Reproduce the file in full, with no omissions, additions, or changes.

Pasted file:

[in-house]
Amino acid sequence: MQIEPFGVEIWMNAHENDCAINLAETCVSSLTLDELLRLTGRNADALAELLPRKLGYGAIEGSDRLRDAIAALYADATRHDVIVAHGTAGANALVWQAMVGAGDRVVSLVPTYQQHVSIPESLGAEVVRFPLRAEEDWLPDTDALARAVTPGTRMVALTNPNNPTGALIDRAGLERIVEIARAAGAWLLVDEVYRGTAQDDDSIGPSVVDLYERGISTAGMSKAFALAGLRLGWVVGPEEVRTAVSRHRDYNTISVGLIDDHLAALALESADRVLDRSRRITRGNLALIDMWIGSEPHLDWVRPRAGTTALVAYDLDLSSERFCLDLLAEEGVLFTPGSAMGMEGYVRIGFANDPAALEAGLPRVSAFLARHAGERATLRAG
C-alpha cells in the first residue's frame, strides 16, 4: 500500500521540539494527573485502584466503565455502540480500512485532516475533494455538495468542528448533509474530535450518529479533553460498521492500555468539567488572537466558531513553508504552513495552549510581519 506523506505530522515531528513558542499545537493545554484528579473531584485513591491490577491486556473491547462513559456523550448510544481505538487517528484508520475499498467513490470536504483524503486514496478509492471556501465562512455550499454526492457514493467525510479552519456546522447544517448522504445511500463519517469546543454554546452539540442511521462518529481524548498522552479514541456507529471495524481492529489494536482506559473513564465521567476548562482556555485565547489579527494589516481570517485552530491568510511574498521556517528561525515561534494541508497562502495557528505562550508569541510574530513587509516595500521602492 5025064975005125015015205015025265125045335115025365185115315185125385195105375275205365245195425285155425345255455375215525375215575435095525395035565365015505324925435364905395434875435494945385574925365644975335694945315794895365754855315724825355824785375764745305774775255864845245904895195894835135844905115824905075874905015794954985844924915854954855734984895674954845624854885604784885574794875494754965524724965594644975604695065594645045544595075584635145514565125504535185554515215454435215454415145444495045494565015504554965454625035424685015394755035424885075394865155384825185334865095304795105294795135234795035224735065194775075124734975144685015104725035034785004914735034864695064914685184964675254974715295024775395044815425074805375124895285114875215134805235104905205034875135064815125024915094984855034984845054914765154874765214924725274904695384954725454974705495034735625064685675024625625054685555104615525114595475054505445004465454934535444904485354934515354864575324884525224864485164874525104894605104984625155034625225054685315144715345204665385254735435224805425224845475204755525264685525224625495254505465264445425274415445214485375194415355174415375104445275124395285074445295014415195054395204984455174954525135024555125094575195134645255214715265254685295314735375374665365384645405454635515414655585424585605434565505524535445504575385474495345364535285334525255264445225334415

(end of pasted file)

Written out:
[in-house]
Amino acid sequence: MQIEPFGVEIWMNAHENDCAINLAETCVSSLTLDELLRLTGRNADALAELLPRKLGYGAIEGSDRLRDAIAALYADATRHDVIVAHGTAGANALVWQAMVGAGDRVVSLVPTYQQHVSIPESLGAEVVRFPLRAEEDWLPDTDALARAVTPGTRMVALTNPNNPTGALIDRAGLERIVEIARAAGAWLLVDEVYRGTAQDDDSIGPSVVDLYERGISTAGMSKAFALAGLRLGWVVGPEEVRTAVSRHRDYNTISVGLIDDHLAALALESADRVLDRSRRITRGNLALIDMWIGSEPHLDWVRPRAGTTALVAYDLDLSSERFCLDLLAEEGVLFTPGSAMGMEGYVRIGFANDPAALEAGLPRVSAFLARHAGERATLRAG
C-alpha cells in the first residue's frame, strides 16, 4: 500500500521540539494527573485502584466503565455502540480500512485532516475533494455538495468542528448533509474530535450518529479533553460498521492500555468539567488572537466558531513553508504552513495552549510581519 506523506505530522515531528513558542499545537493545554484528579473531584485513591491490577491486556473491547462513559456523550448510544481505538487517528484508520475499498467513490470536504483524503486514496478509492471556501465562512455550499454526492457514493467525510479552519456546522447544517448522504445511500463519517469546543454554546452539540442511521462518529481524548498522552479514541456507529471495524481492529489494536482506559473513564465521567476548562482556555485565547489579527494589516481570517485552530491568510511574498521556517528561525515561534494541508497562502495557528505562550508569541510574530513587509516595500521602492 5025064975005125015015205015025265125045335115025365185115315185125385195105375275205365245195425285155425345255455375215525375215575435095525395035565365015505324925435364905395434875435494945385574925365644975335694945315794895365754855315724825355824785375764745305774775255864845245904895195894835135844905115824905075874905015794954985844924915854954855734984895674954845624854885604784885574794875494754965524724965594644975604695065594645045544595075584635145514565125504535185554515215454435215454415145444495045494565015504554965454625035424685015394755035424885075394865155384825185334865095304795105294795135234795035224735065194775075124734975144685015104725035034785004914735034864695064914685184964675254974715295024775395044815425074805375124895285114875215134805235104905205034875135064815125024915094984855034984845054914765154874765214924725274904695384954725454974705495034735625064685675024625625054685555104615525114595475054505445004465454934535444904485354934515354864575324884525224864485164874525104894605104984625155034625225054685315144715345204665385254735435224805425224845475204755525264685525224625495254505465264445425274415445214485375194415355174415375104445275124395285074445295014415195054395204984455174954525135024555125094575195134645255214715265254685295314735375374665365384645405454635515414655585424585605434565505524535445504575385474495345364535285334525255264445225334415